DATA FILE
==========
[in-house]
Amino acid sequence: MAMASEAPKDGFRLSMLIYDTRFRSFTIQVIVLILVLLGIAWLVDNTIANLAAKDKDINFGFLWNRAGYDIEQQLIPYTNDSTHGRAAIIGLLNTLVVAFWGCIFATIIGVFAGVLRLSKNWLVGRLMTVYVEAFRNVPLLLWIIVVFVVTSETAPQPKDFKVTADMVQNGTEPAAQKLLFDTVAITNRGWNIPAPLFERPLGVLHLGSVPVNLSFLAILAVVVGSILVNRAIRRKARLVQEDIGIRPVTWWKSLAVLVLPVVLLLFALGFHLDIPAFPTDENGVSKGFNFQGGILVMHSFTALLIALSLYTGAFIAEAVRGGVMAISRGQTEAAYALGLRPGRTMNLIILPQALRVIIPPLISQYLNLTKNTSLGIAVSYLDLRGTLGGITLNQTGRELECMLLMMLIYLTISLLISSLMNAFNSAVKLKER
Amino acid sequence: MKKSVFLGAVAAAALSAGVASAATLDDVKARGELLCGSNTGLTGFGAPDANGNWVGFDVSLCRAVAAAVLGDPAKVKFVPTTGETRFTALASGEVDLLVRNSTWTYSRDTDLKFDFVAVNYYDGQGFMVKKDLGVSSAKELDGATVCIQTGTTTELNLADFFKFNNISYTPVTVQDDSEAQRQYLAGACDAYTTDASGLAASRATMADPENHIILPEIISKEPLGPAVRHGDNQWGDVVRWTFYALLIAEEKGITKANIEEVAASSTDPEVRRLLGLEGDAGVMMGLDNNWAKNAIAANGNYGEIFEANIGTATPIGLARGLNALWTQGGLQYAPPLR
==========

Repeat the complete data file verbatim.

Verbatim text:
[in-house]
Amino acid sequence: MAMASEAPKDGFRLSMLIYDTRFRSFTIQVIVLILVLLGIAWLVDNTIANLAAKDKDINFGFLWNRAGYDIEQQLIPYTNDSTHGRAAIIGLLNTLVVAFWGCIFATIIGVFAGVLRLSKNWLVGRLMTVYVEAFRNVPLLLWIIVVFVVTSETAPQPKDFKVTADMVQNGTEPAAQKLLFDTVAITNRGWNIPAPLFERPLGVLHLGSVPVNLSFLAILAVVVGSILVNRAIRRKARLVQEDIGIRPVTWWKSLAVLVLPVVLLLFALGFHLDIPAFPTDENGVSKGFNFQGGILVMHSFTALLIALSLYTGAFIAEAVRGGVMAISRGQTEAAYALGLRPGRTMNLIILPQALRVIIPPLISQYLNLTKNTSLGIAVSYLDLRGTLGGITLNQTGRELECMLLMMLIYLTISLLISSLMNAFNSAVKLKER
Amino acid sequence: MKKSVFLGAVAAAALSAGVASAATLDDVKARGELLCGSNTGLTGFGAPDANGNWVGFDVSLCRAVAAAVLGDPAKVKFVPTTGETRFTALASGEVDLLVRNSTWTYSRDTDLKFDFVAVNYYDGQGFMVKKDLGVSSAKELDGATVCIQTGTTTELNLADFFKFNNISYTPVTVQDDSEAQRQYLAGACDAYTTDASGLAASRATMADPENHIILPEIISKEPLGPAVRHGDNQWGDVVRWTFYALLIAEEKGITKANIEEVAASSTDPEVRRLLGLEGDAGVMMGLDNNWAKNAIAANGNYGEIFEANIGTATPIGLARGLNALWTQGGLQYAPPLR